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Mike Sweeney: Boating safely can save your life, and others

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Every summer the rivers and waterways get more and more crowded with boaters and kayakers of all sizes, shapes and colors.

Every time we get a chance to get out on the water, we have to dodge crab pots, nets and other water dangers. You have to be able to know where you are and how to get home, but more importantly, you have to do it safely.

What I would like to do is give you some pointers I have learned along the way.

The first thing you have to do before anything is get your boat in order with all the safety gear, including life jackets, a marine radio and a throw cushion. If you are smart, you can get the Coast Guard to inspect the vessel for you, and when you pass, your boat will have a sticker saying you passed. This will allow all of the other officers on the water know you are a responsible boater.

When you are on the water, you want life jackets on at all times and the throw cushion close at hand for emergency overboards. When you are traveling from the ocean to the land, you want the red channel markers on your right and the green on your left. Just imagine that the red is on the right on the return trip. (R.R.R.)

Here in our area there are thousands of crab pots in the water, so what you have to look at is what direction the lines are running and get between them. You also want to know what direction the current is running so you can see in your mind where the lines are running underwater and stay up current from them. I have a ton of these safety tips available on my Facebook page, Fishing with Mike, so look them up and give me some of your own to share.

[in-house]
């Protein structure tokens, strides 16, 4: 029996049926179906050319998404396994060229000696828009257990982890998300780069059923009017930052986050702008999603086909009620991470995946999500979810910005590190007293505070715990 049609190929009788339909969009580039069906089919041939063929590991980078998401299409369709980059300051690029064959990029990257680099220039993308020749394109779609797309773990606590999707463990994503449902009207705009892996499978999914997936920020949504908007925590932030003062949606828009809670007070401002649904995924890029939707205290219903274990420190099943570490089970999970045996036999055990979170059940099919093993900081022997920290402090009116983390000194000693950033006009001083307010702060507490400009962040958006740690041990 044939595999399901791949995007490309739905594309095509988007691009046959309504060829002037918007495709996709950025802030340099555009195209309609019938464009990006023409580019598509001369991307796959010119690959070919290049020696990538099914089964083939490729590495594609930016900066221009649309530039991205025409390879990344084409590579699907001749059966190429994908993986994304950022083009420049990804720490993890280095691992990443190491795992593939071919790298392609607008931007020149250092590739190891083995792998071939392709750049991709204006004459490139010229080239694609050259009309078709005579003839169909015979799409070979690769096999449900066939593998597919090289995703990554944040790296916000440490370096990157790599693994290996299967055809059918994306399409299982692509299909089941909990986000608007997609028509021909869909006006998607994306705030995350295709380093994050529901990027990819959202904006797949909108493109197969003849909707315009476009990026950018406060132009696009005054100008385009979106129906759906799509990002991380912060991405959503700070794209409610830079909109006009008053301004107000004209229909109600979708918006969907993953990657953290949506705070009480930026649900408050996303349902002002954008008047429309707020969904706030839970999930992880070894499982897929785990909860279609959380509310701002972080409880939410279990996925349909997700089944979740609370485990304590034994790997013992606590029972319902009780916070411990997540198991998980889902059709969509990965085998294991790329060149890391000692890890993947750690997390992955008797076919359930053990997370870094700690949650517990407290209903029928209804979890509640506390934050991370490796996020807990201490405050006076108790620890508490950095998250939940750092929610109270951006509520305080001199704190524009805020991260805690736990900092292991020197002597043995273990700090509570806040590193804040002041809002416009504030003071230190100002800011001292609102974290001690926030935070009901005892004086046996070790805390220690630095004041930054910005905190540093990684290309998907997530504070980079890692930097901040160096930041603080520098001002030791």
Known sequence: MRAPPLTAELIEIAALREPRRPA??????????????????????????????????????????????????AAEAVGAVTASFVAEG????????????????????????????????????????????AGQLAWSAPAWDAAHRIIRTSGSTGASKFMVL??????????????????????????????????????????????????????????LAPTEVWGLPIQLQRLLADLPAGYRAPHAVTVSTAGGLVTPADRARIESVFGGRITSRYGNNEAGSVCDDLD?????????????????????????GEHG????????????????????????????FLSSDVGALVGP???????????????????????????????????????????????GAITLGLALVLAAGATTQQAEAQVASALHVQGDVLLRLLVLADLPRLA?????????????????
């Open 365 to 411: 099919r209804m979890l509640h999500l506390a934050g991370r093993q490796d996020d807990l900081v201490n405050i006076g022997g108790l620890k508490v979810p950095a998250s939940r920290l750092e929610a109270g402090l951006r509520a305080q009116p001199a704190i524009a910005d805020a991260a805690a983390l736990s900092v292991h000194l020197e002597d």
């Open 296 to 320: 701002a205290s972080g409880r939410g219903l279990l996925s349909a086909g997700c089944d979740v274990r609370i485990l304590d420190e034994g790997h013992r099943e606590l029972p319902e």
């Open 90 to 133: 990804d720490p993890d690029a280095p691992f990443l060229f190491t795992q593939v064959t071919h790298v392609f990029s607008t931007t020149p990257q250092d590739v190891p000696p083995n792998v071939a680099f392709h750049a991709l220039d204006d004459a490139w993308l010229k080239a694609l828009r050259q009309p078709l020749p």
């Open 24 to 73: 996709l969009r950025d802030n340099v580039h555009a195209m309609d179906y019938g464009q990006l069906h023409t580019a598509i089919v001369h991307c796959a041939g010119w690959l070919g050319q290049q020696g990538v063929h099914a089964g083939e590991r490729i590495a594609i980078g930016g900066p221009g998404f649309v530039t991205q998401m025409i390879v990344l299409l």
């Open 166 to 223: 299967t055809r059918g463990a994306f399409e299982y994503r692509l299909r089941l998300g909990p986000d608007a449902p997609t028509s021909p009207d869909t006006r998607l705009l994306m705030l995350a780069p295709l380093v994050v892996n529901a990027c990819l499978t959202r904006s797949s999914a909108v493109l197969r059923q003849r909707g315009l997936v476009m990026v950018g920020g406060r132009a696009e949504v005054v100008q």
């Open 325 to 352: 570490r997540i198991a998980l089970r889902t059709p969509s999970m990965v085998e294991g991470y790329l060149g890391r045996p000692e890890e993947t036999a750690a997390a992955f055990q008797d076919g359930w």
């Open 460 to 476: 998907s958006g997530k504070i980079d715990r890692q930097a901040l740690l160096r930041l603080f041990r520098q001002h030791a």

What’s Biting, Where...

The fishing report for offshore is looking pretty good when the wind allows the boats to get out. We have a good catch of mahi this week, along with some hit-and-miss billfish action. The tuna are here and there, but if you want to fish for them, it seems you have to focus all you efforts on the tuna.

The beach still has good fishing, with tons of bottom fish hitting double rigs of blood worms and shrimp. There are croaker, mullet and some spot with blues if you can cast that far. We also are still reporting some drum off the beach, but it’s mostly at night.

Here in the river, we have a good white perch summer in full swing, with coolers being filled and some of the fish over a foot long. The ring perch are big this year also and shaped like footballs. They are hitting the old standbys, like Uncle Jessie lures and white Beetle Spins. The largemouth are also active especially early in the morning and late in the day.

The creeks are especially busy with top water at low light and Texas rigged worms and lizards when the sun is bright.

If anyone gets a chance to get out this weekend, send me some pictures to and we will try to get them in next week.